Kirsten Woolley recommends Mauritius as the perfect compliment to an African safari and for an easy beach break. Here she answers frequently asked questions about this popular Indian Ocean island, once the home of the dodo.
What’s so great about Mauritius?
The beautiful sandy beaches, crystal blue seas and tall palm trees, make Mauritius a paradise for holiday makers of all ages. Families love it, as do honeymooners and pretty much everyone who wants an easy beach holiday. With several national parks for walking and even quad biking available, day visits to the capital for shopping and a bit of history and culture and lots of water sports, it’s a great destination for those who love to be active or just enjoy relaxing around the pool.
How do we get there?
With regular direct flights from London and regional add-ons available, Mauritius is easily reached. Air Mauritius have flights from London Heathrow every Wednesday, Friday, Saturday and Sunday and returns every Wednesday, Thursday and Saturday. British Airways depart London Gatwick every Monday, Thursday and Saturday and returns every Tuesday, Friday and Sunday. Alternatively if you are already in South Africa there are daily flights from Johannesburg to Mauritius; from Cape Town to Mauritius flights are on a Tuesday, Thursday and Saturday - we can advise you on the best deals. There are also excellent connections onto Rodrigues, Reunion and Madagascar. Options also exist for flights via Europe and the Middle East from the UK. So one way and another Mauritius is pretty well served!
How do we travel around the country?
Most people are transferred on arrival to their hotel and then take the odd day trip which can be booked locally. We will gladly pre-book these for you. Mauritius is the perfect size for exploring by car and visitors can hire a car for a day or two if they fancy self-driving. You drive on the left just like at home.
If there was one thing I shouldn’t miss, what would you recommend?
Mauritius is all about the beach, but as one of the best known villages in Mauritius, a visit to Grand Baie is something I’d recommended. Its picturesque sea views and lively atmosphere make the village a popular tourist destination.
Is Mauritius safe?
Yes, however, like in all countries, there is a slight risk of petty theft and crime.
Can I drink the tap water?
Yes you can.
Is English widely spoken?
Yes. While French and Creole are the most commonly spoken languages in Mauritius, English is still widely spoken and understood.
What is the local cuisine like?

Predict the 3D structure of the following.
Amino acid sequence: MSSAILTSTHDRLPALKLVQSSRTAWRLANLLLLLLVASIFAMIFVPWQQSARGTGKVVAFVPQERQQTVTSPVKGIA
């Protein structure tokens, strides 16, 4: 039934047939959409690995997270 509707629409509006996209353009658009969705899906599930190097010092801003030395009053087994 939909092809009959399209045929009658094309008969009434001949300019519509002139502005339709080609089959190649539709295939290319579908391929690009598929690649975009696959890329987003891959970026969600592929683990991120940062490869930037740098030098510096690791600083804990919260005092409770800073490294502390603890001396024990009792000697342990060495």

The traditional Mauritian cuisine is a blend of many cultures including Creole, Indian, French etc. Fresh fruit like mangoes and coconuts are regularly available, a lot of dishes include fish and sea food and rice is a staple in many Mauritian meals.
How can I contribute to the local economy and conservation programs?
Purchasing local goods or dining outside of your hotel on a couple of occasions does contribute towards the local economy. Responsible tourism projects are available to visit and/or contribute towards and we will gladly help you find a suitable project where it be marine, fauna and flora or community projects.
Do I need to get any vaccinations ahead of travel and/or malaria tablets?
One of the great things about a holiday in Mauritius is that you don’t need any vaccinations or malaria medication.
I am pregnant, can I travel to Mauritius?
Absolutely. Mauritius is a great destination to visit during your pregnancy. With great food, spa facilities and its easy going atmosphere, it’s a very relaxing island.
How has the recent Ebola outbreak affected Maurituis?
Mauritius has reconsidered its policy with regards to foreign nationals arriving who have previously visited countries currently affected by the Ebola outbreak. It is understood that this policy came into force on 27th September 2014.
1. All foreign nationals who have visited one or more of the six countries affected by the Ebola Virus Disease during the last two months as from the date of their travel to Mauritius will temporarily not be allowed entry to Mauritius; and
2. As from 10th October 2014, the Republic of Senegal will be removed from the list of affected countries providing there is no new case of Ebola Virus Disease within that period.
For reference, the six countries are: Guinea, Liberia, Sierra Leone, Nigeria, Senegal and the Democratic Republic of Congo.